Motor units

The basic unit of force in a muscle is a motor unit. This is the set of muscle fibers innervated by one motor neuron. The number of fibers vary according to the performance. For fine activities, the number is small and for muscles requiring less precision it is large.
The terminal branches are unmyelinated fibers with a diameter of 1.5um while the muscle fibers have a typical diameter of 50um. Under this condition, stimulus from the nerve will never reach the muscular fibers by electrical propagation, since the current flux will never be strong enough to depolarize. That is why chemical mediators are present at the neuromuscular junction (synapses). The excitatory neurotransmitter is Acetylcholine (Ach).

Muscle contraction

The response of a single nerve stimulus is a twitch. The time to reach the maximum is about 200msec, and other 600msec are needed to recover to the original state. Under normal conditions, muscles shorten when they develop force (tension). Under experimental conditions, the contraction could be isotonic (keeping force as a constant) or isometric (keeping length as a constant).

To study isometric contraction, the muscle is kept in a fixed position and the force is measured using a force transducer.


Summation occurs when a second stimulus occurs before the end of recovery. The muscle will contract again, and the developed tension will be increased. This allows a summation or build up of force. Increasing the repetition rate, the strength will increase (up to approximately 4 or 5 times the twitch max). until tetanus is reached. There will not be sufficient chemical mediators (calcium) to allow further contractions.

Summation with increasing stimulus frequency

Electrical Stimulation

Electrical stimulation of a nerve starts an action potential that propagates in both directions.

Two electrodes are placed in the surface of the body: an anode and a cathode between which a current is made to flow. The axoplasm within the nerves and the extracellular fluid surrounding the fibers is an aqueous solution of ionized salts and proteins and the current is carried by the ions. In the region of the cathode, current will flow out of the nerve and thereby depolarize the membrane. If the current is big enough, it will initiate an action potential.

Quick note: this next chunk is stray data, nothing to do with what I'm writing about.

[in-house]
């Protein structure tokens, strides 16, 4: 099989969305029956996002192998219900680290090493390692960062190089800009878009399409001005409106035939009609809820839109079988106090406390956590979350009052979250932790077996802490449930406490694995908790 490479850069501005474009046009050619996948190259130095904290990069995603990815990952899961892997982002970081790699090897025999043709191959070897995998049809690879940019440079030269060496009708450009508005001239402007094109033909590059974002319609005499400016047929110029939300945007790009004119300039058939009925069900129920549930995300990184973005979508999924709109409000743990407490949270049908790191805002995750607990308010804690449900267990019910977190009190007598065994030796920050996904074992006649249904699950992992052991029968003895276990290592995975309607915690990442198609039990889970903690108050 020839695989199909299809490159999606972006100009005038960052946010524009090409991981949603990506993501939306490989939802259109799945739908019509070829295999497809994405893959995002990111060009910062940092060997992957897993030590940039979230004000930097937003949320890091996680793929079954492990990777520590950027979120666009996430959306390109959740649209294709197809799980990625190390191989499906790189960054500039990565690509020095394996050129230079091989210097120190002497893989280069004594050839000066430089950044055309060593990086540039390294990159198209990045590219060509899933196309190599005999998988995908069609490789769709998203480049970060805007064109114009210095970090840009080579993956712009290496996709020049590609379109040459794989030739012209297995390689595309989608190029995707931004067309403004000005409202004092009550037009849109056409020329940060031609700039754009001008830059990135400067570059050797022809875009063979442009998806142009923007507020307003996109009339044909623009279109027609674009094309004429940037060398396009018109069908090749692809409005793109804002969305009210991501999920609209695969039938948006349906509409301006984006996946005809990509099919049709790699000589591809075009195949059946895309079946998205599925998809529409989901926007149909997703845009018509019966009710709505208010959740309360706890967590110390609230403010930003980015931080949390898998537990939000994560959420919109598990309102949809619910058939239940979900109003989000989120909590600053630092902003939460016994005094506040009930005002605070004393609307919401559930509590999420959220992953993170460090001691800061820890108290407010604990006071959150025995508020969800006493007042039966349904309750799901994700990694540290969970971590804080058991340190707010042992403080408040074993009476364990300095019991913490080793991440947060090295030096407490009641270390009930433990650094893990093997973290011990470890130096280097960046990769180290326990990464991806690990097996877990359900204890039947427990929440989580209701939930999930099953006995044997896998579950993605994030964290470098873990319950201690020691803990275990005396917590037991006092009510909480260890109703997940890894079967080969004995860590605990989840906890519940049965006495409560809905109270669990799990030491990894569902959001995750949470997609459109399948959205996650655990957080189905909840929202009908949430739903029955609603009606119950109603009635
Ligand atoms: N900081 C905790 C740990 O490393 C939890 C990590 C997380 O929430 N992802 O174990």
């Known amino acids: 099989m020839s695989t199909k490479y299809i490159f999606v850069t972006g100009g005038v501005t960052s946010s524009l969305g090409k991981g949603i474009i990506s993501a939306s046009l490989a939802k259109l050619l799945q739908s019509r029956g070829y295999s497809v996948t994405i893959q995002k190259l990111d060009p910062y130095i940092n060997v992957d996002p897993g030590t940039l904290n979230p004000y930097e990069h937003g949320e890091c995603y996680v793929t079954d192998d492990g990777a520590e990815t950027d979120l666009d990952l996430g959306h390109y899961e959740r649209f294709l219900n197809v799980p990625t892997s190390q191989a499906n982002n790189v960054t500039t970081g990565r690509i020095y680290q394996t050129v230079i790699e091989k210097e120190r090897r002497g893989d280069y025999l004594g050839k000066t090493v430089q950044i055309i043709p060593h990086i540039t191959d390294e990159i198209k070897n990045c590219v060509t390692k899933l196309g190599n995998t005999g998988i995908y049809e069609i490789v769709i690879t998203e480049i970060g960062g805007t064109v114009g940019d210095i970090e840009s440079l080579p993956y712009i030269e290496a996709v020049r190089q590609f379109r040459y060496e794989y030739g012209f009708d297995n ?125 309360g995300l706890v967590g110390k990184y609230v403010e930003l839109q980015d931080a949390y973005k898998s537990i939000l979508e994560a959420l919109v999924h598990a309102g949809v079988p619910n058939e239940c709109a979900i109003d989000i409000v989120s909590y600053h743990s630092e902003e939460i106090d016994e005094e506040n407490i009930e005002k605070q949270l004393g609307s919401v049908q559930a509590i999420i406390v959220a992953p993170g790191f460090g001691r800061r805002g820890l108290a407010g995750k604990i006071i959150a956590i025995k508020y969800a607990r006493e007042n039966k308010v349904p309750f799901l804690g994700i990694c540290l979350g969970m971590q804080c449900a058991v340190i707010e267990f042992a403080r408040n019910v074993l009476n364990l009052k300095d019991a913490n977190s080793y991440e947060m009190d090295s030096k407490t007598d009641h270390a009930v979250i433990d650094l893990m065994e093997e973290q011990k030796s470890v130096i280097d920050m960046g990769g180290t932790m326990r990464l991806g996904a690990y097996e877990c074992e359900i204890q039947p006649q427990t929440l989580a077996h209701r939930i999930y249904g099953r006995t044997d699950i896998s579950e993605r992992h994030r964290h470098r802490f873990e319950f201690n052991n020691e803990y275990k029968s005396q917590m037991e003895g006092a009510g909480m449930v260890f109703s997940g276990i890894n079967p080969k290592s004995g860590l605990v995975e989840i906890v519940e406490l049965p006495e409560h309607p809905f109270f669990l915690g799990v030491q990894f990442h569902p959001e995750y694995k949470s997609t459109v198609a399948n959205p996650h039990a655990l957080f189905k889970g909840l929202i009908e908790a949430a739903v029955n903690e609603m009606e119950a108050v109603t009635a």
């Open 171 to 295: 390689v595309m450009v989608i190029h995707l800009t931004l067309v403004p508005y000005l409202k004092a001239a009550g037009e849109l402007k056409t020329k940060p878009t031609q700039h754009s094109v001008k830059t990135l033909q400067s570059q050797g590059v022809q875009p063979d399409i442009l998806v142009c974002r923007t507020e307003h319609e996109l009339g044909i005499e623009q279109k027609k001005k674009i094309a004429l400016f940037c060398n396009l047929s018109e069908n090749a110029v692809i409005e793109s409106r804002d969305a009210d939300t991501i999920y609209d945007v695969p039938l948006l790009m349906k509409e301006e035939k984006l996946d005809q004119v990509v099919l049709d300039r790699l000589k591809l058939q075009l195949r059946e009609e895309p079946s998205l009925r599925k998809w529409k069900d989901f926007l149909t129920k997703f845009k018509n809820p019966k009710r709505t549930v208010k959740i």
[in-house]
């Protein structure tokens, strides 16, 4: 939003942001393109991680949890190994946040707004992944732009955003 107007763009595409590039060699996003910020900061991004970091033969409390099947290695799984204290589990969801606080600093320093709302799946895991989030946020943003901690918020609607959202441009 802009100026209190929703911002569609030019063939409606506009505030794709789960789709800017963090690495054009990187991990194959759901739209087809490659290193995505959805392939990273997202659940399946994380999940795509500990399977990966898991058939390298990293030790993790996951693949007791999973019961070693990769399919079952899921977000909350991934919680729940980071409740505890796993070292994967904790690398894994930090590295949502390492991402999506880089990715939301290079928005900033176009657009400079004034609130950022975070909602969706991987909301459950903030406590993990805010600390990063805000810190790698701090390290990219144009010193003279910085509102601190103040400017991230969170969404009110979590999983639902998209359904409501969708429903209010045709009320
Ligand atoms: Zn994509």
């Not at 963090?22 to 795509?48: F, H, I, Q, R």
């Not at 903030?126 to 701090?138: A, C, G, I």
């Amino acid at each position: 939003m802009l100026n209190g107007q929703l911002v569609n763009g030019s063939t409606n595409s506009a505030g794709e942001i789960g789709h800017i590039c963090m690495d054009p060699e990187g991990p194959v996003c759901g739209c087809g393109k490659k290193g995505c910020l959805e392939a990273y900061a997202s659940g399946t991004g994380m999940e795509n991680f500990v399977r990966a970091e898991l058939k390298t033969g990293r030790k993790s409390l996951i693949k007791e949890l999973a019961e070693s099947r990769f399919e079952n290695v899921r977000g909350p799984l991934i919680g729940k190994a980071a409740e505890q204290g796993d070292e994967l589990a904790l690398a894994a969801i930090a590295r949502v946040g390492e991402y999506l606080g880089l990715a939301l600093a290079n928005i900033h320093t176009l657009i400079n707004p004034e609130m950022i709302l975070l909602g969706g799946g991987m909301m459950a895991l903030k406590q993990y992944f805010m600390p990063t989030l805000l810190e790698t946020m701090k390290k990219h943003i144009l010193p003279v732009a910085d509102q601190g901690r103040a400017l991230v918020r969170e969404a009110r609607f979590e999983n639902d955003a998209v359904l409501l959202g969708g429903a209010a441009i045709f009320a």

A peripheral nerve is composed of many axons of different diameters, some sensory and some motor, resulting in a complex pattern of electrical activity.


You get more force if you stimulate more motor units and the more motor units you stimulate, the more muscle fibers you stimulate. Recruitment means that you bring more and more motor units into action. Movements start with only small numbers of motor units and build up force production by adding more and more active motor units.


The EMG (electromyographic signal) is the electrical manifestation of the activation of a contracting muscle. The evoked motor response is called a compound muscle action potential; it is the sum of action potential of the individual fibers.

Electrode placement

The current density needed to stimulate a nerve will be lower than the value needed to propagate the stimulus directly to the muscle. If the electrodes are on the surface, the resistance will be increased compared to if they are subcutaneous. The increase in resistance requires an increase in voltage to keep the current constant.

Electrode recordings (particularly signal latency and amplitude) are affected by skin temperature. Thus, skin temperature controlling units are used as a part of clinical instruments to control for this variability.


Luigi Galvani applied currents to frog nerves in the late 18th century.
Guillaume Duchenne studied the neuromuscular system in the mid-19th century.